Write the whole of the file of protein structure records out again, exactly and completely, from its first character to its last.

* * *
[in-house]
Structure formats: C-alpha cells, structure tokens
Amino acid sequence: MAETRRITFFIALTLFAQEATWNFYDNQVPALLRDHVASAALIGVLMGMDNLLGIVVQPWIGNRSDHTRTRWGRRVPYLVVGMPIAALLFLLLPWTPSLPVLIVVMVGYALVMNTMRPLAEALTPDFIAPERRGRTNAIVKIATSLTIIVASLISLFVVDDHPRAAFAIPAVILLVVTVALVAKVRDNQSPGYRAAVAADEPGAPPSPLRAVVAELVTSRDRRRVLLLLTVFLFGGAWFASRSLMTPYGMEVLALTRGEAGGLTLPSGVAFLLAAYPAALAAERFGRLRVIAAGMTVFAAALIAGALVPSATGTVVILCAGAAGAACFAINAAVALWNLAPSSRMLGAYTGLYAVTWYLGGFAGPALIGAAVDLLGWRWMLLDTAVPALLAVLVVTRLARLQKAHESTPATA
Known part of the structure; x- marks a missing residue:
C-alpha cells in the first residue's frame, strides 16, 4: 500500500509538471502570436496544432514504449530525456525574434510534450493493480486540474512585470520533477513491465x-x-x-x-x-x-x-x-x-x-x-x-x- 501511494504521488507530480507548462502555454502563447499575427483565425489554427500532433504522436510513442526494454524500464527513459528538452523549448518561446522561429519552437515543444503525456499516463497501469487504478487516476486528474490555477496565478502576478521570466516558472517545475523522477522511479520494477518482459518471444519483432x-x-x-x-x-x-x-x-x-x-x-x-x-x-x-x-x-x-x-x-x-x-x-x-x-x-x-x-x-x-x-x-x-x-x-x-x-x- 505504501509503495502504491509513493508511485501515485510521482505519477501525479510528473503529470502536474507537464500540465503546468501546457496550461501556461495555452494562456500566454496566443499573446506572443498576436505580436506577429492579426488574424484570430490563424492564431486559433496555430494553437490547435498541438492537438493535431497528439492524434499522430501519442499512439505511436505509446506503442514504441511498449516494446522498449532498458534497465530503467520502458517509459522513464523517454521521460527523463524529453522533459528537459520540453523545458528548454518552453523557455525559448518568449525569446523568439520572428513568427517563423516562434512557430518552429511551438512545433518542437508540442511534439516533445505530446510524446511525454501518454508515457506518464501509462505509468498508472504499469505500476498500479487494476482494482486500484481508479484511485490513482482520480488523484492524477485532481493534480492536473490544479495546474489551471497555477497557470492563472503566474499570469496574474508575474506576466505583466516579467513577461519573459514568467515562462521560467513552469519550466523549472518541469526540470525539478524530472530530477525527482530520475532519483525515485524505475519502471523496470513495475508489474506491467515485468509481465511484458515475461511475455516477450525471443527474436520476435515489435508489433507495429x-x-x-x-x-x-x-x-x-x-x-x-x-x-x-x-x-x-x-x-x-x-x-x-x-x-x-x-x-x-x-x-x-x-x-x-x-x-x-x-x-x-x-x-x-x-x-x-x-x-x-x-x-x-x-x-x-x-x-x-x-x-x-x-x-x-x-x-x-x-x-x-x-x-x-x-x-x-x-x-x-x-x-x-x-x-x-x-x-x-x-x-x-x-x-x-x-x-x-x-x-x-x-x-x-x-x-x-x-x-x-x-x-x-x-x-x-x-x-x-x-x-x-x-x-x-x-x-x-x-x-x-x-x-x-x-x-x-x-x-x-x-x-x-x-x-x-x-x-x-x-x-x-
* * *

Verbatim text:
[in-house]
Structure formats: C-alpha cells, structure tokens
Amino acid sequence: MAETRRITFFIALTLFAQEATWNFYDNQVPALLRDHVASAALIGVLMGMDNLLGIVVQPWIGNRSDHTRTRWGRRVPYLVVGMPIAALLFLLLPWTPSLPVLIVVMVGYALVMNTMRPLAEALTPDFIAPERRGRTNAIVKIATSLTIIVASLISLFVVDDHPRAAFAIPAVILLVVTVALVAKVRDNQSPGYRAAVAADEPGAPPSPLRAVVAELVTSRDRRRVLLLLTVFLFGGAWFASRSLMTPYGMEVLALTRGEAGGLTLPSGVAFLLAAYPAALAAERFGRLRVIAAGMTVFAAALIAGALVPSATGTVVILCAGAAGAACFAINAAVALWNLAPSSRMLGAYTGLYAVTWYLGGFAGPALIGAAVDLLGWRWMLLDTAVPALLAVLVVTRLARLQKAHESTPATA
Known part of the structure; x- marks a missing residue:
C-alpha cells in the first residue's frame, strides 16, 4: 500500500509538471502570436496544432514504449530525456525574434510534450493493480486540474512585470520533477513491465x-x-x-x-x-x-x-x-x-x-x-x-x- 501511494504521488507530480507548462502555454502563447499575427483565425489554427500532433504522436510513442526494454524500464527513459528538452523549448518561446522561429519552437515543444503525456499516463497501469487504478487516476486528474490555477496565478502576478521570466516558472517545475523522477522511479520494477518482459518471444519483432x-x-x-x-x-x-x-x-x-x-x-x-x-x-x-x-x-x-x-x-x-x-x-x-x-x-x-x-x-x-x-x-x-x-x-x-x-x- 505504501509503495502504491509513493508511485501515485510521482505519477501525479510528473503529470502536474507537464500540465503546468501546457496550461501556461495555452494562456500566454496566443499573446506572443498576436505580436506577429492579426488574424484570430490563424492564431486559433496555430494553437490547435498541438492537438493535431497528439492524434499522430501519442499512439505511436505509446506503442514504441511498449516494446522498449532498458534497465530503467520502458517509459522513464523517454521521460527523463524529453522533459528537459520540453523545458528548454518552453523557455525559448518568449525569446523568439520572428513568427517563423516562434512557430518552429511551438512545433518542437508540442511534439516533445505530446510524446511525454501518454508515457506518464501509462505509468498508472504499469505500476498500479487494476482494482486500484481508479484511485490513482482520480488523484492524477485532481493534480492536473490544479495546474489551471497555477497557470492563472503566474499570469496574474508575474506576466505583466516579467513577461519573459514568467515562462521560467513552469519550466523549472518541469526540470525539478524530472530530477525527482530520475532519483525515485524505475519502471523496470513495475508489474506491467515485468509481465511484458515475461511475455516477450525471443527474436520476435515489435508489433507495429x-x-x-x-x-x-x-x-x-x-x-x-x-x-x-x-x-x-x-x-x-x-x-x-x-x-x-x-x-x-x-x-x-x-x-x-x-x-x-x-x-x-x-x-x-x-x-x-x-x-x-x-x-x-x-x-x-x-x-x-x-x-x-x-x-x-x-x-x-x-x-x-x-x-x-x-x-x-x-x-x-x-x-x-x-x-x-x-x-x-x-x-x-x-x-x-x-x-x-x-x-x-x-x-x-x-x-x-x-x-x-x-x-x-x-x-x-x-x-x-x-x-x-x-x-x-x-x-x-x-x-x-x-x-x-x-x-x-x-x-x-x-x-x-x-x-x-x-x-x-x-x-x-